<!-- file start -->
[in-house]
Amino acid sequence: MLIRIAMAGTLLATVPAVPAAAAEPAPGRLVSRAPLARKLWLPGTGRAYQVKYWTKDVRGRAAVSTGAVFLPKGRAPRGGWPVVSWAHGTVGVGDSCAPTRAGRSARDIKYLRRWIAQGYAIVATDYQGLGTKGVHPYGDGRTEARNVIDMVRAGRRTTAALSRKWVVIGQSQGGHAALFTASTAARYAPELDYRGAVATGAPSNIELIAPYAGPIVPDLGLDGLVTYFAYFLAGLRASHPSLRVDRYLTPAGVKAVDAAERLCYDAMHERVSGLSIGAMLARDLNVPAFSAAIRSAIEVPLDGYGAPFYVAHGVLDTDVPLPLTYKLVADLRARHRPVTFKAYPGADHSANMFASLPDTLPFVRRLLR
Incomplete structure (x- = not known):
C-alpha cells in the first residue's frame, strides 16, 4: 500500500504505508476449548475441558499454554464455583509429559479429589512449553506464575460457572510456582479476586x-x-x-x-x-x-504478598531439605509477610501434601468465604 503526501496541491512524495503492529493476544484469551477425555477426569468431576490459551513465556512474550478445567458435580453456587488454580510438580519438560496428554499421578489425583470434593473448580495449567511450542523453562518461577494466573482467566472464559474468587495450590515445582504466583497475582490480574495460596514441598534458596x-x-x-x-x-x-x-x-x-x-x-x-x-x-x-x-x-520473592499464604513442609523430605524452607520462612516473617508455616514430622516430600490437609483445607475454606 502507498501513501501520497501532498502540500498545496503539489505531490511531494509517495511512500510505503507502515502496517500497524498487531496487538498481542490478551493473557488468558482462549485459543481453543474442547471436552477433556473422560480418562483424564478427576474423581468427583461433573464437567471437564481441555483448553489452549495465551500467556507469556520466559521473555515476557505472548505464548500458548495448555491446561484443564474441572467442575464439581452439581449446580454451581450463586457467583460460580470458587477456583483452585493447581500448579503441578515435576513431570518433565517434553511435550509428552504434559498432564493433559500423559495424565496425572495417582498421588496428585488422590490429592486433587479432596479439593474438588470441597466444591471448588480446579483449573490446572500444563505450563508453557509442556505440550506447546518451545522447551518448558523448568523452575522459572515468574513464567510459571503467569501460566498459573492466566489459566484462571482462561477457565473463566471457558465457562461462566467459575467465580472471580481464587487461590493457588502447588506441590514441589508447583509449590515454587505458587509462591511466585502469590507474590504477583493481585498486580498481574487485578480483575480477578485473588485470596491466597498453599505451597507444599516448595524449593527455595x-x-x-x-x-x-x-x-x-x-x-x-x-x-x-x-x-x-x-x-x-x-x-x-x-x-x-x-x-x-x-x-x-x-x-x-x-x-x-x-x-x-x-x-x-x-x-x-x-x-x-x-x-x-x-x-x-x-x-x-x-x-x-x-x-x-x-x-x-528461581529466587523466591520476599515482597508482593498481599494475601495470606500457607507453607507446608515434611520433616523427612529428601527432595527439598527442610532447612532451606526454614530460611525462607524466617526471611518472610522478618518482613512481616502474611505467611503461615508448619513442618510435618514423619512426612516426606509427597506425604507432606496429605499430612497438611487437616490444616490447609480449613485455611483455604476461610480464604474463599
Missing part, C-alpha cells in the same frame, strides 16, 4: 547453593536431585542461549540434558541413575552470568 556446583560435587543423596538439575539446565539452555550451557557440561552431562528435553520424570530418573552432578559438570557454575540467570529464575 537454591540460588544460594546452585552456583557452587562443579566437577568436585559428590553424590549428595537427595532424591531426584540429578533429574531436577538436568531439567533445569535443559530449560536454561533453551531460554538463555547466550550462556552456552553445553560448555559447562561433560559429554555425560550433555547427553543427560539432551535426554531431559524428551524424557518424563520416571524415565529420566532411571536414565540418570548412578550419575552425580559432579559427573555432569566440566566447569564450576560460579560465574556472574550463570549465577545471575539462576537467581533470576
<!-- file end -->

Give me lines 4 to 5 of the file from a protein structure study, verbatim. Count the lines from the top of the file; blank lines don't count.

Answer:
C-alpha cells in the first residue's frame, strides 16, 4: 500500500504505508476449548475441558499454554464455583509429559479429589512449553506464575460457572510456582479476586x-x-x-x-x-x-504478598531439605509477610501434601468465604 503526501496541491512524495503492529493476544484469551477425555477426569468431576490459551513465556512474550478445567458435580453456587488454580510438580519438560496428554499421578489425583470434593473448580495449567511450542523453562518461577494466573482467566472464559474468587495450590515445582504466583497475582490480574495460596514441598534458596x-x-x-x-x-x-x-x-x-x-x-x-x-x-x-x-x-520473592499464604513442609523430605524452607520462612516473617508455616514430622516430600490437609483445607475454606 502507498501513501501520497501532498502540500498545496503539489505531490511531494509517495511512500510505503507502515502496517500497524498487531496487538498481542490478551493473557488468558482462549485459543481453543474442547471436552477433556473422560480418562483424564478427576474423581468427583461433573464437567471437564481441555483448553489452549495465551500467556507469556520466559521473555515476557505472548505464548500458548495448555491446561484443564474441572467442575464439581452439581449446580454451581450463586457467583460460580470458587477456583483452585493447581500448579503441578515435576513431570518433565517434553511435550509428552504434559498432564493433559500423559495424565496425572495417582498421588496428585488422590490429592486433587479432596479439593474438588470441597466444591471448588480446579483449573490446572500444563505450563508453557509442556505440550506447546518451545522447551518448558523448568523452575522459572515468574513464567510459571503467569501460566498459573492466566489459566484462571482462561477457565473463566471457558465457562461462566467459575467465580472471580481464587487461590493457588502447588506441590514441589508447583509449590515454587505458587509462591511466585502469590507474590504477583493481585498486580498481574487485578480483575480477578485473588485470596491466597498453599505451597507444599516448595524449593527455595x-x-x-x-x-x-x-x-x-x-x-x-x-x-x-x-x-x-x-x-x-x-x-x-x-x-x-x-x-x-x-x-x-x-x-x-x-x-x-x-x-x-x-x-x-x-x-x-x-x-x-x-x-x-x-x-x-x-x-x-x-x-x-x-x-x-x-x-x-528461581529466587523466591520476599515482597508482593498481599494475601495470606500457607507453607507446608515434611520433616523427612529428601527432595527439598527442610532447612532451606526454614530460611525462607524466617526471611518472610522478618518482613512481616502474611505467611503461615508448619513442618510435618514423619512426612516426606509427597506425604507432606496429605499430612497438611487437616490444616490447609480449613485455611483455604476461610480464604474463599
Missing part, C-alpha cells in the same frame, strides 16, 4: 547453593536431585542461549540434558541413575552470568 556446583560435587543423596538439575539446565539452555550451557557440561552431562528435553520424570530418573552432578559438570557454575540467570529464575 537454591540460588544460594546452585552456583557452587562443579566437577568436585559428590553424590549428595537427595532424591531426584540429578533429574531436577538436568531439567533445569535443559530449560536454561533453551531460554538463555547466550550462556552456552553445553560448555559447562561433560559429554555425560550433555547427553543427560539432551535426554531431559524428551524424557518424563520416571524415565529420566532411571536414565540418570548412578550419575552425580559432579559427573555432569566440566566447569564450576560460579560465574556472574550463570549465577545471575539462576537467581533470576